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Credibility Issues Require Extra Attention on Summary Judgment – Royal Bank of Canada v 1643937 Ontario, 2021 ONCA 98

5 minute read
Also authored by: Zahra Vaid

In Royal Bank of Canada v 1643937, the Court of Appeal for Ontario provided guidance on how credibility issues are to be addressed on a summary judgment motion.

Background Facts

Lorraine MacDonald, Patrick McHale, and Beverly McHale provided personal guarantees as security for loan advances made by the Royal Bank of Canada (“RBC”) to their family business, Ottawa Valley Glass Enterprises Ltd.[1] In 2012, the business struggled financially and began to default on its loan obligations. RBC demanded payment under the personal guarantees.[2] After an unsuccessful attempt to re-structure the business, an assignment in bankruptcy was made by the corporation.

RBC brought an action to recover monies owing under the guarantees. The parties brought competing motions for summary judgment.[3] The position of Lorraine MacDonald, Patrick McHale, and Beverly McHale was that RBC had represented to them that their liability under the guarantees was joint and several, with a collective exposure capped at $600,000, as opposed to individual exposure of $600,000 each.[4]

The Motion Judge’s Decision

The motion judge granted summary judgment to RBC, and she found there was no genuine issue requiring a trial with respect to the validity and enforceability of the personal guarantees. In her reasons, the motion judge rejected the allegations of misrepresentation, stating that no evidence of misrepresentation was provided on the motion. The motion judge held that the entire agreement clause governed. Given that each individual signed a separate guarantee, the motion judge did not accept that liability under the guarantees was joint and several, and capped.[5]

The defendants appealed, arguing there was a genuine issue for trial with respect to the representations made by RBC as to their individual liability under the guarantees.[6]

Ontario Court of Appeal

The Court of Appeal allowed the appeal and determined that a trial was required.[7]

The court found that the motion judge’s approach to summary judgment was “at the heart of [the] appeal”.[8] As per Hryniak v Mauldin, the motion judge was required to determine whether there was a genuine issue for trial based on the evidence before her. If there was a genuine issue for trial, she was to determine whether trial could be avoided by using the enhanced fact-finding powers under Rule 20.04(2.1) and (2.2) of the Rules of Civil Procedure, which allow judges to weigh evidence, evaluate credibility, draw reasonable inferences, and order oral evidence.

The court found that the motion judge did not follow the analytical framework in Hyrniak v. Mauldin or provide adequate reasons. The motion judge misdirected herself as to whether summary judgment was appropriate. Specifically, she did not explain why she rejected unchallenged evidence that supported the allegation of misrepresentation, and did not address the absence of evidence of any responding evidence from RBC.[9] It was thus incumbent on the motion judge to order oral evidence (i.e., a mini-trial) or a full trial if she determined that she could not evaluate the credibility of the defence pleaded based on the written record alone.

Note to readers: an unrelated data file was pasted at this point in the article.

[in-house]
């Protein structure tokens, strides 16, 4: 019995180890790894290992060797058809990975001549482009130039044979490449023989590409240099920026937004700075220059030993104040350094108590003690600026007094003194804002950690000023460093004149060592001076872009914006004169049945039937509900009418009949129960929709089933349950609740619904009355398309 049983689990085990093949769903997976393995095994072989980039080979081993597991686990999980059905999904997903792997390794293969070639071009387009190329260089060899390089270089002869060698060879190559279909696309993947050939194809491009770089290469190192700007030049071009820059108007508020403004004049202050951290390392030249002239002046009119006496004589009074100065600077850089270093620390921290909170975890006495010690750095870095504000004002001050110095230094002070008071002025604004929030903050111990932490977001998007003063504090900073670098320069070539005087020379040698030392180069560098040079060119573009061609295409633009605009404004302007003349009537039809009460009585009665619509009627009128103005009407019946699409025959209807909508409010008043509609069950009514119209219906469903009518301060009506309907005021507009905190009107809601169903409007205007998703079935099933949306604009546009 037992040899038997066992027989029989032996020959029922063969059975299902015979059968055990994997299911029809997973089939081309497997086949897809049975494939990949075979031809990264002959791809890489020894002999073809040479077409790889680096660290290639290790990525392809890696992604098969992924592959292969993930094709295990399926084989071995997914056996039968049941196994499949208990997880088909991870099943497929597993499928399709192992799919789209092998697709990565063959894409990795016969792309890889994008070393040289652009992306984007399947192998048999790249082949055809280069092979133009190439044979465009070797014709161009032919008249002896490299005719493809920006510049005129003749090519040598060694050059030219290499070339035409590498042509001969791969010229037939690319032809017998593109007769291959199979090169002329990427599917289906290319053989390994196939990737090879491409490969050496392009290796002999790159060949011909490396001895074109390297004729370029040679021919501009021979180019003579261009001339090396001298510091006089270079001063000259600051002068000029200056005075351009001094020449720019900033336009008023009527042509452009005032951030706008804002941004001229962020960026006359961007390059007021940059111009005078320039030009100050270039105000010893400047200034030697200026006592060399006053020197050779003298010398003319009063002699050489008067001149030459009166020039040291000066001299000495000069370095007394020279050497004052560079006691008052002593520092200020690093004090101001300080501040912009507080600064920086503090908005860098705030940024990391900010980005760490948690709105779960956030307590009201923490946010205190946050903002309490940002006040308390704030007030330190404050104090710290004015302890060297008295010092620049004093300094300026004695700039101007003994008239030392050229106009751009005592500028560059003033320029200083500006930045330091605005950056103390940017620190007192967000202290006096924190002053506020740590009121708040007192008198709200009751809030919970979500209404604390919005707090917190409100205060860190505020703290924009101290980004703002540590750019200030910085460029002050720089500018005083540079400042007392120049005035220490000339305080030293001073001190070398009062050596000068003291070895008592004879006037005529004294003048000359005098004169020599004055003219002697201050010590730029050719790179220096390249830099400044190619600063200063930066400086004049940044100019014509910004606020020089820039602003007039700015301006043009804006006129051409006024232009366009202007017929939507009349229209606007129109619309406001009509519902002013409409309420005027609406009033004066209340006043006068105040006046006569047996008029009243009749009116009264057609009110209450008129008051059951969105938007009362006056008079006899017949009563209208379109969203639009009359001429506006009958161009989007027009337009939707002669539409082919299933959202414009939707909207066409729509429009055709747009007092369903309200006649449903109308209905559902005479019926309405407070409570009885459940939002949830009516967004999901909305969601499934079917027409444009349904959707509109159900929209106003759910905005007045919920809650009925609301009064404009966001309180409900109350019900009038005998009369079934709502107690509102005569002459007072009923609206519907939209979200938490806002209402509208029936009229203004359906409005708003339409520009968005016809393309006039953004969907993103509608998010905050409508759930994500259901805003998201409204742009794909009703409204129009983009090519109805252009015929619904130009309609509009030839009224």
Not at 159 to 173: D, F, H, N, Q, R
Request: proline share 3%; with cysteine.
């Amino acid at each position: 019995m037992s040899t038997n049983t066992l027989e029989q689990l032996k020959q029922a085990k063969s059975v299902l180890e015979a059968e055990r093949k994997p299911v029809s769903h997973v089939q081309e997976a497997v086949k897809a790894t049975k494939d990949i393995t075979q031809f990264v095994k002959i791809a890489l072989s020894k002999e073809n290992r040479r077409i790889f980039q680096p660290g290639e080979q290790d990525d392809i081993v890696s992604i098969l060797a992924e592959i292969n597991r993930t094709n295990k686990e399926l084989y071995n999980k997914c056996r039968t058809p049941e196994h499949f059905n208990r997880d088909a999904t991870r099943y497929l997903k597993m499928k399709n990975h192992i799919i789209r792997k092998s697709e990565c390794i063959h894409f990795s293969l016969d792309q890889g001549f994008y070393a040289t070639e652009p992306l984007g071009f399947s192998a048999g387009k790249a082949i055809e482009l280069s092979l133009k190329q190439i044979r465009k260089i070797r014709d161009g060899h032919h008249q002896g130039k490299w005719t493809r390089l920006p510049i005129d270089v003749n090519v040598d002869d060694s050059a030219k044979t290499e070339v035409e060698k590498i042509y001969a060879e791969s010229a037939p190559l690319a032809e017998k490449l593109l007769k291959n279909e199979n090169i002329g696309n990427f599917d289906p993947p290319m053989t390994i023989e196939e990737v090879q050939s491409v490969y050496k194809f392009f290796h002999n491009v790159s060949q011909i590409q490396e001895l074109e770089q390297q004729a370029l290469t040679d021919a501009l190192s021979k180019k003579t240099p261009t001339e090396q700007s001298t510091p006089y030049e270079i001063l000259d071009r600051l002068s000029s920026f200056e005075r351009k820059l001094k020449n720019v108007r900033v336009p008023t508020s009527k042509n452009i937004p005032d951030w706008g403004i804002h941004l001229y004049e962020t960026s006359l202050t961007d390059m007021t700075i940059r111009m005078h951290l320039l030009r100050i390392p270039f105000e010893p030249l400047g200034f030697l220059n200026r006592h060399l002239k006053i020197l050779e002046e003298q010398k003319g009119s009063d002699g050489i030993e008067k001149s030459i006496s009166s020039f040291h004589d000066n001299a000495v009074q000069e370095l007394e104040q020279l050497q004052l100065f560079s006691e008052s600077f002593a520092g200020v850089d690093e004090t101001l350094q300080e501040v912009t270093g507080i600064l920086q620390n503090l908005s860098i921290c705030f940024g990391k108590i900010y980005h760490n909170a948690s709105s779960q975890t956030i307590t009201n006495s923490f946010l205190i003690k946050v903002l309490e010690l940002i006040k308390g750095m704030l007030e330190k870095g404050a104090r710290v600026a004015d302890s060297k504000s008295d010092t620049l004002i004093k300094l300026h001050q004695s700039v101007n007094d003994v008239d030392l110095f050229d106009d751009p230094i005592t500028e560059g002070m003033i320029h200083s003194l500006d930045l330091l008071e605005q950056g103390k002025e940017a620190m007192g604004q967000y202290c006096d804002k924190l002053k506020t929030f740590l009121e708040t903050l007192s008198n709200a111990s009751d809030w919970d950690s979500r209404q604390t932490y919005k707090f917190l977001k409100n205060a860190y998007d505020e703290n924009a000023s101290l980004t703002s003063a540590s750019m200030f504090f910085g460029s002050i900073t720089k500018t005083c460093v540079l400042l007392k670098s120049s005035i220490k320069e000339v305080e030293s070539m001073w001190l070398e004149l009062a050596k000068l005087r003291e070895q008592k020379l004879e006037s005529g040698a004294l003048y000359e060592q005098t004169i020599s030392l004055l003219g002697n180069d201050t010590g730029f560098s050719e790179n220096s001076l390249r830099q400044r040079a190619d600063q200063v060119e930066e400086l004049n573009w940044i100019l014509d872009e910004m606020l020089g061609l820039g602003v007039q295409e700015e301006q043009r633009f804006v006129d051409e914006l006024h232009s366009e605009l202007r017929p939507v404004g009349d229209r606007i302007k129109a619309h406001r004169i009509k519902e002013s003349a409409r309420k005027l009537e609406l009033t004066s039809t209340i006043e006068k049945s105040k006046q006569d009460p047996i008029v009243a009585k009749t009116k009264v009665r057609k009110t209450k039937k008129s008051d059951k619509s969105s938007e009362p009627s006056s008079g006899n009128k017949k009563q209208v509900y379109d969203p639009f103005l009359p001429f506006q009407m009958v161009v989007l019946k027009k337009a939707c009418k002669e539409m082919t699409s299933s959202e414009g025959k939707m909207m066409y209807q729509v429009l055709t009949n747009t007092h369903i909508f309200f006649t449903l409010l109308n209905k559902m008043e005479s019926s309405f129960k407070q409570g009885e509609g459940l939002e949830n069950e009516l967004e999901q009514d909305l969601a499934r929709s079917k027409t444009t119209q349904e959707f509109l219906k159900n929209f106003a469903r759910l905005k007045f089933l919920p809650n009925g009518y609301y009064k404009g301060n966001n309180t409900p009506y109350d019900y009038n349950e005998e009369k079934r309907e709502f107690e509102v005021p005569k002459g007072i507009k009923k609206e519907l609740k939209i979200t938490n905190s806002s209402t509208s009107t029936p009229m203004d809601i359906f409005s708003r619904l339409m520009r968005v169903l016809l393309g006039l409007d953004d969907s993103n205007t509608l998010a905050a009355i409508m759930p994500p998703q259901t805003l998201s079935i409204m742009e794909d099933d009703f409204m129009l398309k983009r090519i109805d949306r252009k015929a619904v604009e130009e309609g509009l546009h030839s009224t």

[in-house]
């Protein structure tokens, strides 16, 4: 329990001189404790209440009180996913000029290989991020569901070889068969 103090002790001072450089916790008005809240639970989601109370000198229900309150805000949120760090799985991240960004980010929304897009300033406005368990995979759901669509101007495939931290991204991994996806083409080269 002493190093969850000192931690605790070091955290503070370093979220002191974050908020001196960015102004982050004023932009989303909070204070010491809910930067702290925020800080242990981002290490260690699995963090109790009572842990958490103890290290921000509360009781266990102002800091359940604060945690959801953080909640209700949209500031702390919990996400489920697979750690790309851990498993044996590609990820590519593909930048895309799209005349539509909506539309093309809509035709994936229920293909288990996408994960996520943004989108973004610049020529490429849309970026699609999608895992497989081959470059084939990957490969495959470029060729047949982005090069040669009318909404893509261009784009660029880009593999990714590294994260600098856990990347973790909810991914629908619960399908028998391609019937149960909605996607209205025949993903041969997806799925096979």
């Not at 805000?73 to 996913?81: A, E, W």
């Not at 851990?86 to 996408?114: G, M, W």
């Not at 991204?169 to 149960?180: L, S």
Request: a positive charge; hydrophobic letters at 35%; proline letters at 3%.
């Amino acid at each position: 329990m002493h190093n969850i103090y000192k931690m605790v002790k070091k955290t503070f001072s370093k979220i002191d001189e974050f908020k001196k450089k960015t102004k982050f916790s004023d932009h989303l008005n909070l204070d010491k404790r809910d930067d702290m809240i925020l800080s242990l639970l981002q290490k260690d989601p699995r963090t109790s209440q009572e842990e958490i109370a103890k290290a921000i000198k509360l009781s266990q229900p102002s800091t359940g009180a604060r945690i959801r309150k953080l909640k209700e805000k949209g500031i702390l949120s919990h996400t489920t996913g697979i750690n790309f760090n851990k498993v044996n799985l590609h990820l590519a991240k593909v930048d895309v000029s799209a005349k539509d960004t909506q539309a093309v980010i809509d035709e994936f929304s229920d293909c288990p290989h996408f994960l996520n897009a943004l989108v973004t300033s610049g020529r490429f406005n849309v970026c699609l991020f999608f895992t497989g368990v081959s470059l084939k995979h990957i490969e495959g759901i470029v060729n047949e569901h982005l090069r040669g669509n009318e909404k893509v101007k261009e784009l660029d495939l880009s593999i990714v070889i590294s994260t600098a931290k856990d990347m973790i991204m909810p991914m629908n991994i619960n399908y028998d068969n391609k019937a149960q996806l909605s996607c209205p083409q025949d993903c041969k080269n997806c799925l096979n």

The decision reminds us that the overarching goal of summary judgment is to achieve “a fair process that results in a just adjudication of disputes.”[10] Simply citing Hryniak v. Mauldin is not sufficient. While a motion judge’s decision is entitled to considerable deference on appeal, appellate intervention was required in this case. By failing to engage the principles and framework articulated in Hryniak, including the fact-finding powers in Rule 20.04(2.1) and (2.2), appellate intervention was appropriate.[11] There is a risk that, in an effort to dispose of a case in a summary fashion, the motion judge will not properly analyze the evidence. According to the Court of Appeal, that is precisely what happened in this case. The motion judge should have followed the Hyrniak framework and ordered a summary procedure or a trial.


  • On a motion for summary judgment, the court must follow the Hryniak framework, step by step. It is not sufficient to simply cite Hryniak and then engage in a cursory review of the evidence.
  • Where there are credibility issues, the court cannot ignore them. The court must consider using the enhanced fact-finding powers in Rule 20.04(2.1) and (2.2). If credibility issues cannot be resolved on a written record, motion judges must consider ordering oral evidence (i.e., a mini-trial) or deferring the issue to trial.
  • To avoid appellate intervention, motion judges must ensure their findings on issues of credibility are clear, understandable, and supported by the evidentiary record.


[1] Royal Bank of Canada v. 1643937 Ontario Inc., 2021 ONCA 98, at para 5.

[2] Ibid, at paras 7-8.

[3] Ibid, at para 10.

[4] Ibid, at para 3, 16.

[5] Ibid, at para 17, 19.

[6] Ibid, at para 1, 16.

[7] Ibid, at para 45.

[8] Ibid, at para 23.

[9] Ibid, at para 29, 38.

[10] Ibid, at para 23.

[11] Ibid.

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